• Eat to hunger
  • Drink to thirst
  • Vitamin/mineral supplements are not necessary if you eat a reasonably well balanced diet or unless you’re deficient in particular micronutrients
  • What you eat changes the color and flavor of your milk but not the nutrients
  • Nutrients is determined by how often you empty the breast. When you’re feeding around the clock for a newborn the nutrients are different than when you’re feeding a few times a day for a toddler.
  • Your fat intake does not affect the amount of fat in your milk. It can change the kinds of fats (balance of “good” vs. “bad” fats) in your milk to some extent.
  • Eat whatever you like, whenever you like, in the amounts that you like and continue to do this unless baby has an obvious reaction to a particular food.
  • Some food proteins (such as cow’s milk protein or peanut protein) do pass into milk. If you or your family has a history of food allergies, you may wish to limit or eliminate the allergens common in your family.
  • Avoiding foods during pregnancy or breastfeeding does not help to prevent allergies in your child.

Typically whatever a food does to you it may do to baby. If you eat cabbage and it gives you gas, it may give baby gas! Or not! Some times you just have to try a food and see what it will do to your baby. Younger babies are more sensitive than older babies. So if your cauliflower upset your newborn’s tummy, wait a few weeks and try it again. As their system develops, they may be able to tolerate things they couldn’t when they were first born.

Caffeine and breast milk

An average cup of coffee can contain 95mg of caffeine, but some can contain as much as 500! Which is important to know when breastfeeding as generally considered safe to drink up to 300 mg per day— about 2–3 cups of coffee or 3–4 cups of tea.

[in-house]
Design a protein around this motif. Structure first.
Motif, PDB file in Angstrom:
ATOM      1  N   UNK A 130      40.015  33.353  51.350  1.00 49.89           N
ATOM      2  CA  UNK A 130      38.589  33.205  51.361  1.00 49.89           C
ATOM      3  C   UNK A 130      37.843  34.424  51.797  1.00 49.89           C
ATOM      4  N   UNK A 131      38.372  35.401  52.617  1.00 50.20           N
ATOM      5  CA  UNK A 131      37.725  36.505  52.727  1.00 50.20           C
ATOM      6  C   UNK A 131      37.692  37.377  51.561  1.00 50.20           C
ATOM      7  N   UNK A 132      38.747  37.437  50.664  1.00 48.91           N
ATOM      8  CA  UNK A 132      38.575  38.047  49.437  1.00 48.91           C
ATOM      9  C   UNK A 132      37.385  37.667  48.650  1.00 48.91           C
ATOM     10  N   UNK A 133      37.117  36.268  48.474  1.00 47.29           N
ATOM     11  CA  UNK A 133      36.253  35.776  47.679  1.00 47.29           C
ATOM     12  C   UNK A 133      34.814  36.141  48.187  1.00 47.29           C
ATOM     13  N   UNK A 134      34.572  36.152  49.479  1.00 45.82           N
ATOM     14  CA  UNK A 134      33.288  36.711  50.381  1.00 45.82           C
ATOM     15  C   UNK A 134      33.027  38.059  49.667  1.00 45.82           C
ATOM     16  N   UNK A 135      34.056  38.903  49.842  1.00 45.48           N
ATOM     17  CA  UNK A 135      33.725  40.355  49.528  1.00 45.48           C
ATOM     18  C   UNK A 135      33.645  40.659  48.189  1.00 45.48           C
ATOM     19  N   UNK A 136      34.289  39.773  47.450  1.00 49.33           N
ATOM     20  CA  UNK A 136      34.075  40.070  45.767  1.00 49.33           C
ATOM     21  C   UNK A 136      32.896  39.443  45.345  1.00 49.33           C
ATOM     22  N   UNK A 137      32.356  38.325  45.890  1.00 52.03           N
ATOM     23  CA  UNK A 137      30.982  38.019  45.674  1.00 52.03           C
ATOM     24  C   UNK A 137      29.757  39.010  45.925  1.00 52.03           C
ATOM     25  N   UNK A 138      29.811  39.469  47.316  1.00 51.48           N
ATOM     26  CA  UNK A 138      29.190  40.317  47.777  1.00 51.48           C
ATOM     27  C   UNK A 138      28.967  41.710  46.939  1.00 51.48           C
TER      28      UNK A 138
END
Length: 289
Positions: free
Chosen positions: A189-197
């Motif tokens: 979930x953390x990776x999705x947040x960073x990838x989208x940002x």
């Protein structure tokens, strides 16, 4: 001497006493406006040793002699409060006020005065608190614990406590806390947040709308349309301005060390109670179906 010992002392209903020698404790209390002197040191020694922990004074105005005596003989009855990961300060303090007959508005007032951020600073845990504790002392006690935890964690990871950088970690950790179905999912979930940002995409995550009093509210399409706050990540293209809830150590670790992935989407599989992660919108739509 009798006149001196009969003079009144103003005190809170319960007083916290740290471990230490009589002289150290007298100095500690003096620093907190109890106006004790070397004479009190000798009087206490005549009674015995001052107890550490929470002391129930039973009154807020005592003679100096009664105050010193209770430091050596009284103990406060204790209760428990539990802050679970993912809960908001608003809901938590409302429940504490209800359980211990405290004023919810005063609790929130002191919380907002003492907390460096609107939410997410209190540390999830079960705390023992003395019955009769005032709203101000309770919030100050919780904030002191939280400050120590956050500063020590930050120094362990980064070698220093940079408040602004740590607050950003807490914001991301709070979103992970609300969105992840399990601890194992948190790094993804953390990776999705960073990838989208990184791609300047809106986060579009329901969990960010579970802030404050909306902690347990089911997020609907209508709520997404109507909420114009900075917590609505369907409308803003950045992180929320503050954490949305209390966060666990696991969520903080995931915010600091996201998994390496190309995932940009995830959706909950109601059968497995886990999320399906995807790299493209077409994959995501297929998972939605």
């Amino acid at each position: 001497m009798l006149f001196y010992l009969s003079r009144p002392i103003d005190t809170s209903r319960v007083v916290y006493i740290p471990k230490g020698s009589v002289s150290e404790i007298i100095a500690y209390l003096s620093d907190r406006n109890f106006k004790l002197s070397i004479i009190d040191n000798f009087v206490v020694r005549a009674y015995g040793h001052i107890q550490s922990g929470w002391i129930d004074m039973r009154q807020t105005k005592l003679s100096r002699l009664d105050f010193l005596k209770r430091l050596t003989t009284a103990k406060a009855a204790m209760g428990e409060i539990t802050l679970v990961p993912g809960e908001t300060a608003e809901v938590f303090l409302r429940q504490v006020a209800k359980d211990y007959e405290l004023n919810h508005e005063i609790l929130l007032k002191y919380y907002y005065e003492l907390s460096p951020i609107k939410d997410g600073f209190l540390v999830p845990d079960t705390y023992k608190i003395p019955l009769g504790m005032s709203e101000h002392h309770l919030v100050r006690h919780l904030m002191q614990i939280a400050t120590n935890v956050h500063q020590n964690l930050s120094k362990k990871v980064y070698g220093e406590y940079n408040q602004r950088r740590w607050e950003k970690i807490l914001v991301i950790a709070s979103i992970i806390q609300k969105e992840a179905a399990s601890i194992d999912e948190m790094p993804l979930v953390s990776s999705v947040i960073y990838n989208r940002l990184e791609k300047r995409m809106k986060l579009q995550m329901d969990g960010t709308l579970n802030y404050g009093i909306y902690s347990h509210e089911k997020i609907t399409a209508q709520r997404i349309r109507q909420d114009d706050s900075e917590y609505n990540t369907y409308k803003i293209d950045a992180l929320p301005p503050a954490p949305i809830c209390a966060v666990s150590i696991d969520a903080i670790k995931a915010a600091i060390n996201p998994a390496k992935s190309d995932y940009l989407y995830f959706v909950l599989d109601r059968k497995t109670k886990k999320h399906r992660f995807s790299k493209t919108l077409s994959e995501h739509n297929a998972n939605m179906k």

The caffeine content of coffee depends on many factors, such as:

• Type of coffee beans: different varieties of coffee beans naturally contain different amounts of caffeine.

• Roasting: Lighter roasts have more caffeine than darker roasts.

• Type of coffee: caffeine content can vary significantly between regularly brewed coffee, espresso, instant coffee and decaf coffee.

• Serving size: “One cup of coffee” can range anywhere from 30–700 ml (1–24 oz), greatly affecting the total caffeine content.

• One cup of brewed coffee (8 oz) contains about 70–140 mg of caffeine, or about 95 mg on average

• One shot of espresso is generally about 30–50 ml (1–1.75 oz), and contains about 63 mg of caffeine

• Instant coffee usually contains less caffeine than regular coffee, with one cup containing roughly 30–90 mg

• Decaf has about 0–7 mg per cup, with the average cup containing 3 mg

Want to enjoy a coffee alternative that gives all the feels while still being breastfeeding supportive? My two breastfeeding friendly favorites are @wearerasa and @milkstabrew.